A tiny P-Switch. Based on its appearance and placement in the graphics, it was likely used as a placeholder for tiles that change after a P-Switch is pressed.


Don't touch this.
An early design of the Muncher with a green leaf and slightly different shading.


I believe I can fly~
An early design of a set of wings.

The Goombas are comingggg...
Remember this screenshot? This early wing design can be seen on the Para-Goombas in this early screenshot of Super Mario World.

Minor Differences

Flip Block

Test Cart Super Mario World
Flippy blocks *and* brick blocks? Nope, just flippy blocks.

A minor difference in shading. The old block has some additional, darker shading on the right side, which matches the shading used on the final game's ? Blocks. While the standard Flip Block had the dark shading completely removed, two of the dark pixels still remain on the final's sprite-based tile (used when hitting a block containing an item), and the flipping sprites still contain the darker shading.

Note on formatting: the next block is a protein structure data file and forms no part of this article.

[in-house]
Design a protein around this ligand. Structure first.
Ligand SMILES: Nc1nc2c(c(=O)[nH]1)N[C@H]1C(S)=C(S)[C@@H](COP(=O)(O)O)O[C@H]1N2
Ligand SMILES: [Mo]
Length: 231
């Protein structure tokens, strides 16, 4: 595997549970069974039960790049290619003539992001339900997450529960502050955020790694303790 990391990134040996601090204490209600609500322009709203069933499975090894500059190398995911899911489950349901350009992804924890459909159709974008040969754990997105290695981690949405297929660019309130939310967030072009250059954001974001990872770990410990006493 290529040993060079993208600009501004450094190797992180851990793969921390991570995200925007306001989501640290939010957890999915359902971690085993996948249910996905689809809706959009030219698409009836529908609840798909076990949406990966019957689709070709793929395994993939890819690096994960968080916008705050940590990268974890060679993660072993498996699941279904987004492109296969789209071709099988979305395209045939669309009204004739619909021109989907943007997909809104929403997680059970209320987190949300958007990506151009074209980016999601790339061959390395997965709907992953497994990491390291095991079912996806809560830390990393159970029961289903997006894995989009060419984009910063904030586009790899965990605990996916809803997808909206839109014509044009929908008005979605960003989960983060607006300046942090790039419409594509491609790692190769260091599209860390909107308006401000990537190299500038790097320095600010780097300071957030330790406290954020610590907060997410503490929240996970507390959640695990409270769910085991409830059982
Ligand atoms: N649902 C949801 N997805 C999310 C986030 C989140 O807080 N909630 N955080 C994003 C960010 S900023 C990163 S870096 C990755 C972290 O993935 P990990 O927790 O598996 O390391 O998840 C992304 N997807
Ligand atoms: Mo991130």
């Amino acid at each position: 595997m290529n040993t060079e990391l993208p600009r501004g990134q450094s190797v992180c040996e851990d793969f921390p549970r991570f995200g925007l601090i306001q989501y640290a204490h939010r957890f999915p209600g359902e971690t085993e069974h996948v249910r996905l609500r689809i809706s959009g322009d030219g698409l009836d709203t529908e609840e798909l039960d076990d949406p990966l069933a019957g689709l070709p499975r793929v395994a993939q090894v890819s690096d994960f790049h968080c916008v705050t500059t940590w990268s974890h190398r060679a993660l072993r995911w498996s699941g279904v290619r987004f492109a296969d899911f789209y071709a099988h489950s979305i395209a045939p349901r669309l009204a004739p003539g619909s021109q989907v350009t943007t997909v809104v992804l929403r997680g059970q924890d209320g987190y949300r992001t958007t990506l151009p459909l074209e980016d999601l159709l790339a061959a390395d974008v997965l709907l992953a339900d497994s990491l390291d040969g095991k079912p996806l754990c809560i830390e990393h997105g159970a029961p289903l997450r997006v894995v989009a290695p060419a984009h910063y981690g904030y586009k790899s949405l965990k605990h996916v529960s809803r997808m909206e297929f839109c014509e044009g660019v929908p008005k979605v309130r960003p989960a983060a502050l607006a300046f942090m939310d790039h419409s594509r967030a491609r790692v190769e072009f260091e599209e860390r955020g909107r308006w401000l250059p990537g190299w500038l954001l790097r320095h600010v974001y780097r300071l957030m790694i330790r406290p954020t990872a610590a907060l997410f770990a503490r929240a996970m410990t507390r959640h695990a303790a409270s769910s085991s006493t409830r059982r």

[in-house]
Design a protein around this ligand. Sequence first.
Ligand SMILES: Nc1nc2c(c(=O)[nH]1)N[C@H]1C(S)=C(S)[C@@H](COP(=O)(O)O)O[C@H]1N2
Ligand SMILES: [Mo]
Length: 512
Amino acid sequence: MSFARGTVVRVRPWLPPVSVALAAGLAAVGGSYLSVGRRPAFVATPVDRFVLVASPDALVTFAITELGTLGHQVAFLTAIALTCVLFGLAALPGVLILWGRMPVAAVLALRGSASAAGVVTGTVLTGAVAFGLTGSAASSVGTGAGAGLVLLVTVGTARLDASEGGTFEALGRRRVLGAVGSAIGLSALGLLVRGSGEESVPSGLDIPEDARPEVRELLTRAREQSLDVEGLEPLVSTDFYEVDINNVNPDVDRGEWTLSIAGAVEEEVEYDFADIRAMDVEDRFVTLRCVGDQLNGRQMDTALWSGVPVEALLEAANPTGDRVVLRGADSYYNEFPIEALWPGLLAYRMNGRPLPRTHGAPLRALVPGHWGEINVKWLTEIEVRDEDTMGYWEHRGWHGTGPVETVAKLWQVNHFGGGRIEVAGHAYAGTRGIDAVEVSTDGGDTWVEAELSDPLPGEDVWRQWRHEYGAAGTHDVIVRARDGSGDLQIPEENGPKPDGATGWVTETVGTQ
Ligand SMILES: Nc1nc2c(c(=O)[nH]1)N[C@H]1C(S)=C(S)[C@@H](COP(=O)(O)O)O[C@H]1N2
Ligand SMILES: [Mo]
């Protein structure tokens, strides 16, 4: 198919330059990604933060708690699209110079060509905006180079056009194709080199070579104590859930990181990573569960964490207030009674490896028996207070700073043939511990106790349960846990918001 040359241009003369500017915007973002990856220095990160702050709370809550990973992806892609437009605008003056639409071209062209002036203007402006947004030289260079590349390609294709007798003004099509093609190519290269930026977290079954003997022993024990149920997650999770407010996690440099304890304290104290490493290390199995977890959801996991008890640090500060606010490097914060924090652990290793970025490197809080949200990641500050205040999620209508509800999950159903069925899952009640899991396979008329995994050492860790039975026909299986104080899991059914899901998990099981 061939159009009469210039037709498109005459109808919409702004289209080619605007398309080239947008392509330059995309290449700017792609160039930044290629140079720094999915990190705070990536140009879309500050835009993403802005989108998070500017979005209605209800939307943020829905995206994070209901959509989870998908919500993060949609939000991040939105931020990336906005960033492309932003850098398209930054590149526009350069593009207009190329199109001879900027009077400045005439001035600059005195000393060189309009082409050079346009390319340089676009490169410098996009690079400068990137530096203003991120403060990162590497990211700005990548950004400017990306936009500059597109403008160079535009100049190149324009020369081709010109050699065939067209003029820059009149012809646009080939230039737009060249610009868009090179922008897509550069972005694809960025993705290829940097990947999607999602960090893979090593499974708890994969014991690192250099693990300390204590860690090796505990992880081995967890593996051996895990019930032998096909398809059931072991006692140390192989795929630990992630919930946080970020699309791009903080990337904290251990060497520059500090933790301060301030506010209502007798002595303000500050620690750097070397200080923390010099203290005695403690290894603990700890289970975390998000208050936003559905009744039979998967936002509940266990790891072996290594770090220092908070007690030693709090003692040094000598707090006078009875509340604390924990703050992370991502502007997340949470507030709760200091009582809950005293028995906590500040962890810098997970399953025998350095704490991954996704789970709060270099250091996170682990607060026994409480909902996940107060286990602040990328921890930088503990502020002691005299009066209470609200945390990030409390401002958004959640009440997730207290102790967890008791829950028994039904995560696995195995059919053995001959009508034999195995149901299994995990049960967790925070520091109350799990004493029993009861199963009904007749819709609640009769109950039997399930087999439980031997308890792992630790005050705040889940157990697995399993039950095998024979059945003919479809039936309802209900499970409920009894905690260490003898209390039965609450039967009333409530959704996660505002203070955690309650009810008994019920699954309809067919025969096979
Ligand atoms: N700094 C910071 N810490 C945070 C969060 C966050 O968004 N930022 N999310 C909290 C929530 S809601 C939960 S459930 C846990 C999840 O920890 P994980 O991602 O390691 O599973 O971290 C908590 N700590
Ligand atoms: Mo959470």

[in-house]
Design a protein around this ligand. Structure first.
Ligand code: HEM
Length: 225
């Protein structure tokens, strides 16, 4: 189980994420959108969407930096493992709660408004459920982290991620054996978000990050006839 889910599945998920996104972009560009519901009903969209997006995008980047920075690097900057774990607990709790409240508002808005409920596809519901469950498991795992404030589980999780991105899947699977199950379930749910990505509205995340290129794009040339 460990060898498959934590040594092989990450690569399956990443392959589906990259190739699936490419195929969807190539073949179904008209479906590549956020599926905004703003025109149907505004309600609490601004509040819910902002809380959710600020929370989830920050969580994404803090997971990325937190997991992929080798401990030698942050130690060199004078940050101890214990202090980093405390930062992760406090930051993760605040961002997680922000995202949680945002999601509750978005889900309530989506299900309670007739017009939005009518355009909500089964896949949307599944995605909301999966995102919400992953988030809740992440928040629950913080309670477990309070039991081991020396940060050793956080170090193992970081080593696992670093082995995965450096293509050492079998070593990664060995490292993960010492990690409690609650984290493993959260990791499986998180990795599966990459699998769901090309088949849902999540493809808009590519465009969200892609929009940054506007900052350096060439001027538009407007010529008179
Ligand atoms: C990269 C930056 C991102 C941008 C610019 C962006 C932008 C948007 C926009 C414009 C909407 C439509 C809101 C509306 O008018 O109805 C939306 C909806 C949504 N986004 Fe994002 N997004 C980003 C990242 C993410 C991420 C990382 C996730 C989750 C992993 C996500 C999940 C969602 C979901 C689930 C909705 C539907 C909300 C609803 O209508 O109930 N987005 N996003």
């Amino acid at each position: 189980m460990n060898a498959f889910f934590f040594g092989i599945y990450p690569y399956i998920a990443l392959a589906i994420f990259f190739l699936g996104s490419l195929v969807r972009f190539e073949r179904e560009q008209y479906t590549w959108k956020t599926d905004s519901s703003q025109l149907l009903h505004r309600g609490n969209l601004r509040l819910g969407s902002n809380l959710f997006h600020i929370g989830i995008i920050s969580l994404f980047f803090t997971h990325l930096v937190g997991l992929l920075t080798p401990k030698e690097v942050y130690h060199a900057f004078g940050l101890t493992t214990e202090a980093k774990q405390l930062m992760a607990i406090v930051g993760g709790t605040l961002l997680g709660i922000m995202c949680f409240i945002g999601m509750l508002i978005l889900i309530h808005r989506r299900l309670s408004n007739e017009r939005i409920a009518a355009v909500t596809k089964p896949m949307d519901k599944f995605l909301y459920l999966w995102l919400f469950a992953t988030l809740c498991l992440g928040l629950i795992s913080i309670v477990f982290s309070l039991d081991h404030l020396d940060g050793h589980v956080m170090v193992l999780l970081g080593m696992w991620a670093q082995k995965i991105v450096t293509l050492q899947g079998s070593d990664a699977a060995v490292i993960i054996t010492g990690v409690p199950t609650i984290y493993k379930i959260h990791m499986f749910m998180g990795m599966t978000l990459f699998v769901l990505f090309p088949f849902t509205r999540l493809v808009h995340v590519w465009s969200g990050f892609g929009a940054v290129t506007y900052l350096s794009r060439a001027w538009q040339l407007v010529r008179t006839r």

Test Cart Super Mario World
SMWEarlyGround.png SMWFinalGround.png

Again, a minor difference in shading, in this case near the top of the grass. The palette is also brighter than in the final.

While this style is used for all the ground graphics in the Test Cart, in Super Mario World only the two top tiles that make up the ground in Yoshi's House were kept.


Test Cart Super Mario World
Get some meat on your bones! Good job. :)

The final pipe lids have a more rounded appearance, while in the Test Cart they're more angular. The actual pipes are also wider in the final.

Test Cart Super Mario World
We're gonna pump (*clap*) you up! Another satisfied customer.

The same transformation is present in the horizontal pipes.


Test Cart Super Mario World
Lights? Rubble rubble.

It's possible that the graphics that appear where the rubble would be in the Test Cart weren't used for the same purpose, but they look similar enough.


Test Cart Super Mario World
It's just a circle. Dusters dust dust!